The Botswana Pharmacy Association (BPA) says drug management in the country is very chaotic and describes the problem as “dicing with death”.
Interviewed by The Sunday Standard, Mr. Lenard Masubilili, president of the association, said his organisation is very worried about the way in which drugs are being handled in the country, especially at public health facilities.
Masubilili said that, in some areas, cleaners dispense drugs and declared that this is completely wrong and harmful to the nation.
He said people should understand that drugs can cause internal bleeding if given a wrong prescription by a wrong person.
“Let me put the record straight; pharmacists are the ones who are responsible for dispensing drugs, not nurses, cleaners or any other officer who has not undergone training as a pharmacist.”
He said that the government is losing millions due to the fact that some health officers order more drugs than required, resulting in the drugs expiring before they are dispensed.
Masubilili said the association is aware of drugs that are illegally entering the country and added that this can cause disaster in the health system of the nation.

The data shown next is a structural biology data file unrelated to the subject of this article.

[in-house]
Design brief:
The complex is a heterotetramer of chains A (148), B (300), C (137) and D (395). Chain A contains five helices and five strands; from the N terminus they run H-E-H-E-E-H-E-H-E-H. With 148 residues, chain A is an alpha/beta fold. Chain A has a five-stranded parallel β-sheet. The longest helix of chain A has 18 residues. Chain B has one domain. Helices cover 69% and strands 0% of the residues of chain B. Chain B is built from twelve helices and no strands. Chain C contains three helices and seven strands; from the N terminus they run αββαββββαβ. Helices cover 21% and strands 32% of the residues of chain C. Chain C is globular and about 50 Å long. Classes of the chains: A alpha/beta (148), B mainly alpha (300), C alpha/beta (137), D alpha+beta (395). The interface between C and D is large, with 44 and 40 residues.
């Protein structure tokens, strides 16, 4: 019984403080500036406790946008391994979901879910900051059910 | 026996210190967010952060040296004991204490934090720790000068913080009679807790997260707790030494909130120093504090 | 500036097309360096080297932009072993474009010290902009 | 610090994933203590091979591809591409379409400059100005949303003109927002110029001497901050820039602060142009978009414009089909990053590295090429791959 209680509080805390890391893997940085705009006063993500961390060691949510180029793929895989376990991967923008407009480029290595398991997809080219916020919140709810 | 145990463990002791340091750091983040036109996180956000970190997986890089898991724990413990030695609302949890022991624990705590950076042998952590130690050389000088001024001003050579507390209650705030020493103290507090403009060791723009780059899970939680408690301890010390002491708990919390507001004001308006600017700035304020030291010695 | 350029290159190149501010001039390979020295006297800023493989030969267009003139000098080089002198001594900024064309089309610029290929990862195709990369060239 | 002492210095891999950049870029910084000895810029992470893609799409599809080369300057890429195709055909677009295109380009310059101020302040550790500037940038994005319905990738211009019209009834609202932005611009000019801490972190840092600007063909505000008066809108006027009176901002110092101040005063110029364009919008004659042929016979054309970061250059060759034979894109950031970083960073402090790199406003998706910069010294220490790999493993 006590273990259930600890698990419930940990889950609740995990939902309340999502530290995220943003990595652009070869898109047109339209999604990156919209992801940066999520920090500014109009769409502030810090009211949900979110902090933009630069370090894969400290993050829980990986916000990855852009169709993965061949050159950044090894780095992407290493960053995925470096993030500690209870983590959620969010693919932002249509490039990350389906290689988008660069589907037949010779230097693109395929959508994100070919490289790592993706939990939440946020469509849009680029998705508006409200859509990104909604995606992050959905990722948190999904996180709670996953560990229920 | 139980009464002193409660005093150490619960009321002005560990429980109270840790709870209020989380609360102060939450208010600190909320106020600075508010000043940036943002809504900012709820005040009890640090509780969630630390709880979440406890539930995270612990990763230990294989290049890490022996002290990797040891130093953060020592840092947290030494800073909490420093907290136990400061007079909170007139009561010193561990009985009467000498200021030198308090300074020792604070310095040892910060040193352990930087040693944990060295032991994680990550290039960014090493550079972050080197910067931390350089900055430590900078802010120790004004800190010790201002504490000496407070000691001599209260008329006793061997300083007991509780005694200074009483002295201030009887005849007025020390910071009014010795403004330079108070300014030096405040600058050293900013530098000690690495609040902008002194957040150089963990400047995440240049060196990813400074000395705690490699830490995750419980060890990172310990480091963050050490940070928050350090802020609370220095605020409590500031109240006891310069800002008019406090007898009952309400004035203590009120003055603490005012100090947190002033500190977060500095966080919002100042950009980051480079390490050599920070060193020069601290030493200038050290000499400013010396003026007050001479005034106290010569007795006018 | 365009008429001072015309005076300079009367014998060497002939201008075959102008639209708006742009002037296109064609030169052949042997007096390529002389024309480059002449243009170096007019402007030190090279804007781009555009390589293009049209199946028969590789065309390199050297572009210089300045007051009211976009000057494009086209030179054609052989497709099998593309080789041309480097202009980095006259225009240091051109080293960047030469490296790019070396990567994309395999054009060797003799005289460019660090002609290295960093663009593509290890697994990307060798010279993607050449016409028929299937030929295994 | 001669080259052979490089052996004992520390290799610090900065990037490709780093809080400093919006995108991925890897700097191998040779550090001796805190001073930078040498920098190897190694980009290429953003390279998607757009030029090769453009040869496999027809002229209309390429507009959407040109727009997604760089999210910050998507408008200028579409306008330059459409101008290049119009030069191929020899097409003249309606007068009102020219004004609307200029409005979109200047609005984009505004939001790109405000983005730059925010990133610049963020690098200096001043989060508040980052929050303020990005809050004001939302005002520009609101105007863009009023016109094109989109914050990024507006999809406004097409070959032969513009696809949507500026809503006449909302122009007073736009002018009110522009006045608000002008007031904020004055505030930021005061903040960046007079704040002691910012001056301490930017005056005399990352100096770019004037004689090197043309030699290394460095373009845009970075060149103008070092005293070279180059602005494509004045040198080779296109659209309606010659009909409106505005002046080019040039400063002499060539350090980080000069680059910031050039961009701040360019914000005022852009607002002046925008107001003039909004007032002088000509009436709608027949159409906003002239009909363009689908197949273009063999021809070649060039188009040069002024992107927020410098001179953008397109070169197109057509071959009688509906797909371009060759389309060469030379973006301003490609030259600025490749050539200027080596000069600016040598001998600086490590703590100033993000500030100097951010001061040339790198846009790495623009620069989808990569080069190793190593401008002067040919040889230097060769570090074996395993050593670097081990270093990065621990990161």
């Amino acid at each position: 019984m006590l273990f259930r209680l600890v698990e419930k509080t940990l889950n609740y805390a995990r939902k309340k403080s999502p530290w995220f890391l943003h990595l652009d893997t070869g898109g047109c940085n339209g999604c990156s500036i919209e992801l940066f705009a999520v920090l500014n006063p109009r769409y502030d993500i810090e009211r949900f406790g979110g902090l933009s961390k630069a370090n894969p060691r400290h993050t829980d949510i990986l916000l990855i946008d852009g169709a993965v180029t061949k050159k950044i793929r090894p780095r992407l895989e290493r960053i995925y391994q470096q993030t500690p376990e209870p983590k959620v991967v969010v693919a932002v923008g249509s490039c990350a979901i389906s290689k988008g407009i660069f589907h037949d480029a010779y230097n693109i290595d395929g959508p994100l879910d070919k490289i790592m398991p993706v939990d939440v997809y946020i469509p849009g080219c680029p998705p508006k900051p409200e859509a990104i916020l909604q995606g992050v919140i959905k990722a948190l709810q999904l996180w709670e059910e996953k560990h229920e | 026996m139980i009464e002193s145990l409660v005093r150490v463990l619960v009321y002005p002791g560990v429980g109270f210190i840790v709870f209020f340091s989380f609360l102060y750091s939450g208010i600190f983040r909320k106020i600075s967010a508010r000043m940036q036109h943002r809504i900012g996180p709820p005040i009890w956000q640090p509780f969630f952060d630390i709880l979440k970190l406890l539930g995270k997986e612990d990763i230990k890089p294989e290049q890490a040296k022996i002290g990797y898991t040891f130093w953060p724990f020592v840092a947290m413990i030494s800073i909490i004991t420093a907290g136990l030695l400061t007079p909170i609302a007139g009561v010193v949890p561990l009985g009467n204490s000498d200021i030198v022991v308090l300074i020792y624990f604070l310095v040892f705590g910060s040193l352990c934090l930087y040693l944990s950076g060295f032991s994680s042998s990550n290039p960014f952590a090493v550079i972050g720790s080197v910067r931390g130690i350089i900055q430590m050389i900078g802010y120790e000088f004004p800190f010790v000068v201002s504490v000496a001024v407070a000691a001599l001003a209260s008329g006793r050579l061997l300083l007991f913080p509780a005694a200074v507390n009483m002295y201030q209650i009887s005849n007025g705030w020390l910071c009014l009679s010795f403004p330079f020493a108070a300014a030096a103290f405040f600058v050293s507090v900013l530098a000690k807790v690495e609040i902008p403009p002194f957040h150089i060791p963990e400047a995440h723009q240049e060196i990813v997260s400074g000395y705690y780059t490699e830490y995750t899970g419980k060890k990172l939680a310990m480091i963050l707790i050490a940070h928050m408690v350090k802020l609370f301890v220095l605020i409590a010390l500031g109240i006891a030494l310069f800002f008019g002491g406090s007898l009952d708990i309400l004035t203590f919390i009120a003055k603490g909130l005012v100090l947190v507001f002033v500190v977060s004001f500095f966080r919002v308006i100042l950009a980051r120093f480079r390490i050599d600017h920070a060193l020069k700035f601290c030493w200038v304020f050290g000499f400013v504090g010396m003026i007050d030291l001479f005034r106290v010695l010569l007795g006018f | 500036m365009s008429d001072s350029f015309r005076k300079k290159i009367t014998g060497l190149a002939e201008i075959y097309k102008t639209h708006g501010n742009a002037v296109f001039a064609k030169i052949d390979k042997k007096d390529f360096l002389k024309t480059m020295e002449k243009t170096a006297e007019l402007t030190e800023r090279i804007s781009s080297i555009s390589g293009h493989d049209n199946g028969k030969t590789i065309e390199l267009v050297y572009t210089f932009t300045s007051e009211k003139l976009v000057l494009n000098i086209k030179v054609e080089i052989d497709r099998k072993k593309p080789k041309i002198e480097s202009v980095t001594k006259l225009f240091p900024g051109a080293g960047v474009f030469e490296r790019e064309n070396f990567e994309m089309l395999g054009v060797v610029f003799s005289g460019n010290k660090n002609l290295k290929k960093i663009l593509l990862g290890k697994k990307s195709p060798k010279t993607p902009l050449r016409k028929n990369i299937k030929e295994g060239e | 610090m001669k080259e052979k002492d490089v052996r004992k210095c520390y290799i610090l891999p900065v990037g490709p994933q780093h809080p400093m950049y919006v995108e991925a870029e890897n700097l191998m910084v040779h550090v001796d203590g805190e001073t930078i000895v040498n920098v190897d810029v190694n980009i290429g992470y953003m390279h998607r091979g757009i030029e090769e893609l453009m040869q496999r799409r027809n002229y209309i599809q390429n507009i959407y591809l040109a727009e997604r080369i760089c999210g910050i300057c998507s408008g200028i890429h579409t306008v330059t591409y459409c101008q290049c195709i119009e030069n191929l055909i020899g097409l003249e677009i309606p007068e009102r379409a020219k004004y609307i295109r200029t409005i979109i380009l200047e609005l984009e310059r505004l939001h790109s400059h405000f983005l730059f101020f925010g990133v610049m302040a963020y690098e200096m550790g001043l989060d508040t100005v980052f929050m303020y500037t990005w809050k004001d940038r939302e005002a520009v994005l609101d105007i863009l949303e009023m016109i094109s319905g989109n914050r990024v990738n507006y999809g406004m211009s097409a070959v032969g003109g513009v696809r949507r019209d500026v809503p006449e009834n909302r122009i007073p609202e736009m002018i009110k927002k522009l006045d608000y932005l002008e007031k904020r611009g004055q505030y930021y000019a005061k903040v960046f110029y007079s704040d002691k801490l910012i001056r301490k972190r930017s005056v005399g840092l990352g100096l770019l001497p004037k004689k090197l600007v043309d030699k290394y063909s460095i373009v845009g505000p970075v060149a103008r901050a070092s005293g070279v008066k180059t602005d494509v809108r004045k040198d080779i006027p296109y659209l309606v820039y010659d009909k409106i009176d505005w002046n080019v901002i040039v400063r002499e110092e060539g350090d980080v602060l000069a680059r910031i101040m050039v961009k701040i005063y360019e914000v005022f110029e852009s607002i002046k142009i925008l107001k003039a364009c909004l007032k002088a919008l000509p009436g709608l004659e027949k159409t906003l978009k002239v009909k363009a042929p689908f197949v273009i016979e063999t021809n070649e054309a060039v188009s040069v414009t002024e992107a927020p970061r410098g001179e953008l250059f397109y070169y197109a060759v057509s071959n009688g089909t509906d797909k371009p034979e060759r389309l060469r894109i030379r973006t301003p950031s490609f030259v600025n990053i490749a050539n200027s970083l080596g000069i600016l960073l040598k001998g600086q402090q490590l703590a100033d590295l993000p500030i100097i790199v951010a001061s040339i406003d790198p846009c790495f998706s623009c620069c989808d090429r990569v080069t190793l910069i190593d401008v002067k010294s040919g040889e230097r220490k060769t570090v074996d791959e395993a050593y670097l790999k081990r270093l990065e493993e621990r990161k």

He said some of these drugs are allegedly found in private chemists because they want to make quick cash without considering the health of the nation.
He pointed out that there are some foreigners who claim to be pharmacists employed by either the government or the private sector, adding that such people have to be rooted out from the system.
When asked about the number of practicing qualified pharmacists, both local and expatriate, he said, “As for now, I do not have the proper records but the numbers are encouraging.
“As an association, we are also worried about the shortage of drugs in the public health sector.”
Masubilili said the Ministry of Health should be fully responsible for this embarrassing situation of drug shortages, adding that if our drugs were managed professionally, such problems would have being long resolved.
His association, he said, had decided to go on a country wide tour to preach how to handle drugs.
However, Masubilili conceded that he agreed with the Minister of Health that heads should roll at the Central Medical Stores.
He appealed to the nation to forward any complaints relating to drugs, including the dispensing of wrong drugs, to them and promised they would then take the matter up.
Sylvia Tumelo, the principal of the Institute of Health Services (IHS), said they are producing between 17 and 18 Pharmacists and lab technicians annually.
She said plains are underway to double the number of graduates and pointed out that IHS only offers diploma level while degree level is offered outside the country.